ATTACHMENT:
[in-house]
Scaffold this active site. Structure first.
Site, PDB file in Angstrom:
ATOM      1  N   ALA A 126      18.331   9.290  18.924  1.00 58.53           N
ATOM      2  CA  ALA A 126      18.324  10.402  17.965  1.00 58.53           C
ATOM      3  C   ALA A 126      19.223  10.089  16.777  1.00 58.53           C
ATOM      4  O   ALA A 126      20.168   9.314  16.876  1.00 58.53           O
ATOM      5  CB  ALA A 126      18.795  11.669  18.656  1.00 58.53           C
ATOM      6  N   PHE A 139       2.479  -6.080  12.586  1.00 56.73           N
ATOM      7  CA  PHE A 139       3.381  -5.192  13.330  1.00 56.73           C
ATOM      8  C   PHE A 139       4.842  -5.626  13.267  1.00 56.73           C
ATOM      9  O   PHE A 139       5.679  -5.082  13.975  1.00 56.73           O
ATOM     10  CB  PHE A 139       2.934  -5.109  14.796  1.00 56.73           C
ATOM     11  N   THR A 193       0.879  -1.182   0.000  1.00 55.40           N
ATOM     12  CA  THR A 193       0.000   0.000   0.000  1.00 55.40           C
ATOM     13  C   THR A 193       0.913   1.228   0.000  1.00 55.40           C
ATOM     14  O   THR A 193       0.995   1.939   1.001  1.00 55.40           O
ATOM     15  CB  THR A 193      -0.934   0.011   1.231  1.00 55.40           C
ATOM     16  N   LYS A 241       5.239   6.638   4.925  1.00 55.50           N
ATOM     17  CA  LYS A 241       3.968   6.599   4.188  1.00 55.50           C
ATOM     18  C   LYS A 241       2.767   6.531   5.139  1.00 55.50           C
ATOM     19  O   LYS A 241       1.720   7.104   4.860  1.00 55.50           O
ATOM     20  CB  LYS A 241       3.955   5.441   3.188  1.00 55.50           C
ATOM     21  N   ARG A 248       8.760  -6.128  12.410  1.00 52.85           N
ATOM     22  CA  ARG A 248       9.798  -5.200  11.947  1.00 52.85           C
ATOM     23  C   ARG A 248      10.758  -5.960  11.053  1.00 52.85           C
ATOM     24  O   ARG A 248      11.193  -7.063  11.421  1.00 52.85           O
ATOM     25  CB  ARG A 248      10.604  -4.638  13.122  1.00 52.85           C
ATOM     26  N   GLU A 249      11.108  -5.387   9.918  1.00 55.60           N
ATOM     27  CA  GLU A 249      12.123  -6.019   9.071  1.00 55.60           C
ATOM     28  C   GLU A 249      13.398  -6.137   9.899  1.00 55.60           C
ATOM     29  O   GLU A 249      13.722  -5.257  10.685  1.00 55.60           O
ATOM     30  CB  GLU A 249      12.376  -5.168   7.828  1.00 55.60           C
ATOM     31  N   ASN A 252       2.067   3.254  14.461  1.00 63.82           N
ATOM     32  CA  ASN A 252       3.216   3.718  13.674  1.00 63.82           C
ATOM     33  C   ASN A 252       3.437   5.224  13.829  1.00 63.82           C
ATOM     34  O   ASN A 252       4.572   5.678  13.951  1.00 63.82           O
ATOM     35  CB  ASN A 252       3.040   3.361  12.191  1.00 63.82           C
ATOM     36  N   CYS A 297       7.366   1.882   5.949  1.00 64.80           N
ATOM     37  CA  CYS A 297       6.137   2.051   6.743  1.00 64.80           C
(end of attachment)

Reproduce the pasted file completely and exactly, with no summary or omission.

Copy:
[in-house]
Scaffold this active site. Structure first.
Site, PDB file in Angstrom:
ATOM      1  N   ALA A 126      18.331   9.290  18.924  1.00 58.53           N
ATOM      2  CA  ALA A 126      18.324  10.402  17.965  1.00 58.53           C
ATOM      3  C   ALA A 126      19.223  10.089  16.777  1.00 58.53           C
ATOM      4  O   ALA A 126      20.168   9.314  16.876  1.00 58.53           O
ATOM      5  CB  ALA A 126      18.795  11.669  18.656  1.00 58.53           C
ATOM      6  N   PHE A 139       2.479  -6.080  12.586  1.00 56.73           N
ATOM      7  CA  PHE A 139       3.381  -5.192  13.330  1.00 56.73           C
ATOM      8  C   PHE A 139       4.842  -5.626  13.267  1.00 56.73           C
ATOM      9  O   PHE A 139       5.679  -5.082  13.975  1.00 56.73           O
ATOM     10  CB  PHE A 139       2.934  -5.109  14.796  1.00 56.73           C
ATOM     11  N   THR A 193       0.879  -1.182   0.000  1.00 55.40           N
ATOM     12  CA  THR A 193       0.000   0.000   0.000  1.00 55.40           C
ATOM     13  C   THR A 193       0.913   1.228   0.000  1.00 55.40           C
ATOM     14  O   THR A 193       0.995   1.939   1.001  1.00 55.40           O
ATOM     15  CB  THR A 193      -0.934   0.011   1.231  1.00 55.40           C
ATOM     16  N   LYS A 241       5.239   6.638   4.925  1.00 55.50           N
ATOM     17  CA  LYS A 241       3.968   6.599   4.188  1.00 55.50           C
ATOM     18  C   LYS A 241       2.767   6.531   5.139  1.00 55.50           C
ATOM     19  O   LYS A 241       1.720   7.104   4.860  1.00 55.50           O
ATOM     20  CB  LYS A 241       3.955   5.441   3.188  1.00 55.50           C
ATOM     21  N   ARG A 248       8.760  -6.128  12.410  1.00 52.85           N
ATOM     22  CA  ARG A 248       9.798  -5.200  11.947  1.00 52.85           C
ATOM     23  C   ARG A 248      10.758  -5.960  11.053  1.00 52.85           C
ATOM     24  O   ARG A 248      11.193  -7.063  11.421  1.00 52.85           O
ATOM     25  CB  ARG A 248      10.604  -4.638  13.122  1.00 52.85           C
ATOM     26  N   GLU A 249      11.108  -5.387   9.918  1.00 55.60           N
ATOM     27  CA  GLU A 249      12.123  -6.019   9.071  1.00 55.60           C
ATOM     28  C   GLU A 249      13.398  -6.137   9.899  1.00 55.60           C
ATOM     29  O   GLU A 249      13.722  -5.257  10.685  1.00 55.60           O
ATOM     30  CB  GLU A 249      12.376  -5.168   7.828  1.00 55.60           C
ATOM     31  N   ASN A 252       2.067   3.254  14.461  1.00 63.82           N
ATOM     32  CA  ASN A 252       3.216   3.718  13.674  1.00 63.82           C
ATOM     33  C   ASN A 252       3.437   5.224  13.829  1.00 63.82           C
ATOM     34  O   ASN A 252       4.572   5.678  13.951  1.00 63.82           O
ATOM     35  CB  ASN A 252       3.040   3.361  12.191  1.00 63.82           C
ATOM     36  N   CYS A 297       7.366   1.882   5.949  1.00 64.80           N
ATOM     37  CA  CYS A 297       6.137   2.051   6.743  1.00 64.80           C